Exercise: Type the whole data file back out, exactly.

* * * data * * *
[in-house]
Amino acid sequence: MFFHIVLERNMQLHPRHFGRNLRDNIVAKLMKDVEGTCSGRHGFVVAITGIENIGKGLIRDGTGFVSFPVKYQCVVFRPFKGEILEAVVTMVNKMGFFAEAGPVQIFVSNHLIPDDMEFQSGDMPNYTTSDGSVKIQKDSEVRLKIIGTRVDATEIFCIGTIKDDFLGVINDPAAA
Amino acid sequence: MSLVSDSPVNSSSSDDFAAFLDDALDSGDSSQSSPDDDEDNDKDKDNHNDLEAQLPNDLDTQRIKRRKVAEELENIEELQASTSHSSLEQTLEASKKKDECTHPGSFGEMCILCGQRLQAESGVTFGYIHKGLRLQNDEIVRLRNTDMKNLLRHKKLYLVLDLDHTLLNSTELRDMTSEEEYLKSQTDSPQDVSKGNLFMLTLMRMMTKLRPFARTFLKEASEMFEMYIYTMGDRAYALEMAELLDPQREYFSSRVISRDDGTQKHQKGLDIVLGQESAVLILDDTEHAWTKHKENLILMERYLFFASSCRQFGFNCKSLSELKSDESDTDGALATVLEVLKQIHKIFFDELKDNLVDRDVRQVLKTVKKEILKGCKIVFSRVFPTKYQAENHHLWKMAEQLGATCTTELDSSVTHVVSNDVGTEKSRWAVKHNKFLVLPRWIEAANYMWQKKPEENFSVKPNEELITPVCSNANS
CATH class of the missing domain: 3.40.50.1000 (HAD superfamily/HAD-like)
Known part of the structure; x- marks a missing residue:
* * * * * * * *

[in-house]
Amino acid sequence: MFFHIVLERNMQLHPRHFGRNLRDNIVAKLMKDVEGTCSGRHGFVVAITGIENIGKGLIRDGTGFVSFPVKYQCVVFRPFKGEILEAVVTMVNKMGFFAEAGPVQIFVSNHLIPDDMEFQSGDMPNYTTSDGSVKIQKDSEVRLKIIGTRVDATEIFCIGTIKDDFLGVINDPAAA
Amino acid sequence: MSLVSDSPVNSSSSDDFAAFLDDALDSGDSSQSSPDDDEDNDKDKDNHNDLEAQLPNDLDTQRIKRRKVAEELENIEELQASTSHSSLEQTLEASKKKDECTHPGSFGEMCILCGQRLQAESGVTFGYIHKGLRLQNDEIVRLRNTDMKNLLRHKKLYLVLDLDHTLLNSTELRDMTSEEEYLKSQTDSPQDVSKGNLFMLTLMRMMTKLRPFARTFLKEASEMFEMYIYTMGDRAYALEMAELLDPQREYFSSRVISRDDGTQKHQKGLDIVLGQESAVLILDDTEHAWTKHKENLILMERYLFFASSCRQFGFNCKSLSELKSDESDTDGALATVLEVLKQIHKIFFDELKDNLVDRDVRQVLKTVKKEILKGCKIVFSRVFPTKYQAENHHLWKMAEQLGATCTTELDSSVTHVVSNDVGTEKSRWAVKHNKFLVLPRWIEAANYMWQKKPEENFSVKPNEELITPVCSNANS
CATH class of the missing domain: 3.40.50.1000 (HAD superfamily/HAD-like)
Known part of the structure; x- marks a missing residue: